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Please use this identifier to cite or link to this item: http://hdl.handle.net/1807/17807

Title: Eurasian Middle and Late Miocene Hominoid Paleobiogeography and the Geographic Origins of the Homininae
Authors: Nargolwalla, Mariam C.
Advisor: Begun, David
Department: Anthropology
Keywords: Paleoanthropology
Issue Date: 25-Sep-2009
Abstract: The origin and diversification of great apes and humans is among the most researched and debated series of events in the evolutionary history of the Primates. A fundamental part of understanding these events involves reconstructing paleoenvironmental and paleogeographic patterns in the Eurasian Miocene; a time period and geographic expanse rich in evidence of lineage origins and dispersals of numerous mammalian lineages, including apes. Traditionally, the geographic origin of the African ape and human lineage is considered to have occurred in Africa, however, an alternative hypothesis favouring a Eurasian origin has been proposed. This hypothesis suggests that that after an initial dispersal from Africa to Eurasia at ~17Ma and subsequent radiation from Spain to China, fossil apes disperse back to Africa at least once and found the African ape and human lineage in the late Miocene. The purpose of this study is to test the Eurasian origin hypothesis through the analysis of spatial and temporal patterns of distribution, in situ evolution, interprovincial and intercontinental dispersals of Eurasian terrestrial mammals in response to environmental factors. Using the NOW and Paleobiology databases, together with data collected through survey and excavation of middle and late Miocene vertebrate localities in Hungary and Romania, taphonomic bias and sampling completeness of Eurasian faunas are assessed. Previous bioprovincial zonations of Europe and Western Asia are evaluated and modified based on statistical analysis of Eurasian faunas and consideration of geophysical, climatic and eustatic events. Within these bioprovinces, occurrences of in situ evolution and directionality of dispersals of land mammals are used as a framework to address and evaluate these same processes in Eurasian apes. The results of this analysis support previous hypotheses regarding first occurrences and phyletic relations among Eurasian apes and propose new ideas regarding the relations of these taxa to previously known and newly discovered late Miocene African apes. Together with analysis of environmental data, Eurasian mammals support the hypothesis that the descendant of a Eurasian ape dispersed to Africa in the early late Miocene (top of MN7/8 or base of MN9), however the question of whether this taxon founded the African ape and human lineage remains equivocal.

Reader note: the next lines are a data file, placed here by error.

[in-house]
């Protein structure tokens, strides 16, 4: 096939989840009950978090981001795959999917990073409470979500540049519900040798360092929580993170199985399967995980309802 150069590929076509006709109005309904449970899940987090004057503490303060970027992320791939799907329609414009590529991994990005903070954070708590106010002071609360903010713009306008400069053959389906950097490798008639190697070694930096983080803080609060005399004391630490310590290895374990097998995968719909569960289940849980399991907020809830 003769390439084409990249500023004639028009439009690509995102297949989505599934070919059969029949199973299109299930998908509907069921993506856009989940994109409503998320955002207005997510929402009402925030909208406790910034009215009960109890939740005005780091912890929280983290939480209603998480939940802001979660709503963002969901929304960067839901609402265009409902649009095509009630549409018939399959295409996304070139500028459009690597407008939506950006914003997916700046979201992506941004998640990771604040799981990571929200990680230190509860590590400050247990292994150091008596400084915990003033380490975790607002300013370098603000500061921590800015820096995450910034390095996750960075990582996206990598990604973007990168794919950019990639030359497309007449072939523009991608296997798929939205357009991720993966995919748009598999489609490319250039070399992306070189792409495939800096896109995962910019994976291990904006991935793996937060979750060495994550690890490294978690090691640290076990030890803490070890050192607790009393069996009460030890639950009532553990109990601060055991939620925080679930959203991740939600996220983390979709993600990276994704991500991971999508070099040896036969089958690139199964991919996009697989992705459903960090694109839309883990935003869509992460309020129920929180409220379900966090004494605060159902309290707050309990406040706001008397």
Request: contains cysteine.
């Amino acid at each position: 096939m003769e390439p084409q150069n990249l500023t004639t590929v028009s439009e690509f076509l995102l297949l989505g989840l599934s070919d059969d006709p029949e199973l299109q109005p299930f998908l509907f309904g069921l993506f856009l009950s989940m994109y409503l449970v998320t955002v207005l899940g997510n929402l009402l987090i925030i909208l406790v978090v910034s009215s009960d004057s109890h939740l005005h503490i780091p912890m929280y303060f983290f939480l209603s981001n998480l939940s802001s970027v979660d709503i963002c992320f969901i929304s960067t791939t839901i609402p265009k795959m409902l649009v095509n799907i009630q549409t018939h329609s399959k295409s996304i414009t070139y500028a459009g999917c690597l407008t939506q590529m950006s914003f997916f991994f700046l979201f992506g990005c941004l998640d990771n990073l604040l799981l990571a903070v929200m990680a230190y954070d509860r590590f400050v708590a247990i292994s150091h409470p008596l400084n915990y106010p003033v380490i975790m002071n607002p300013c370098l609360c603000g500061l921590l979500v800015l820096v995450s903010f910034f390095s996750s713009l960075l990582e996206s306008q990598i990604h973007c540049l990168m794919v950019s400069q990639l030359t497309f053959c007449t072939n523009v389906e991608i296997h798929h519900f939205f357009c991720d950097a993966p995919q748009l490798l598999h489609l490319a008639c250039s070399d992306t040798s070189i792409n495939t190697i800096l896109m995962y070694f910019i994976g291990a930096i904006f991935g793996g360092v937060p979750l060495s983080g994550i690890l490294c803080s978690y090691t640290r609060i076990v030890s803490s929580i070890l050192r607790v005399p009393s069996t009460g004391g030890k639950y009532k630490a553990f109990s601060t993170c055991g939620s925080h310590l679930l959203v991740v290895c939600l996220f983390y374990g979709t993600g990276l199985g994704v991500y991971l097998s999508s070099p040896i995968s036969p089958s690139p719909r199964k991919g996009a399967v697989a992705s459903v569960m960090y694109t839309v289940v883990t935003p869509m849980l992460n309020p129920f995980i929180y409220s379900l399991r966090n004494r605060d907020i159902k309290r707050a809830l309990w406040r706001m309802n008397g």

URI: http://hdl.handle.net/1807/17807
Appears in Collections:Doctoral
Department of Anthropology - Doctoral theses

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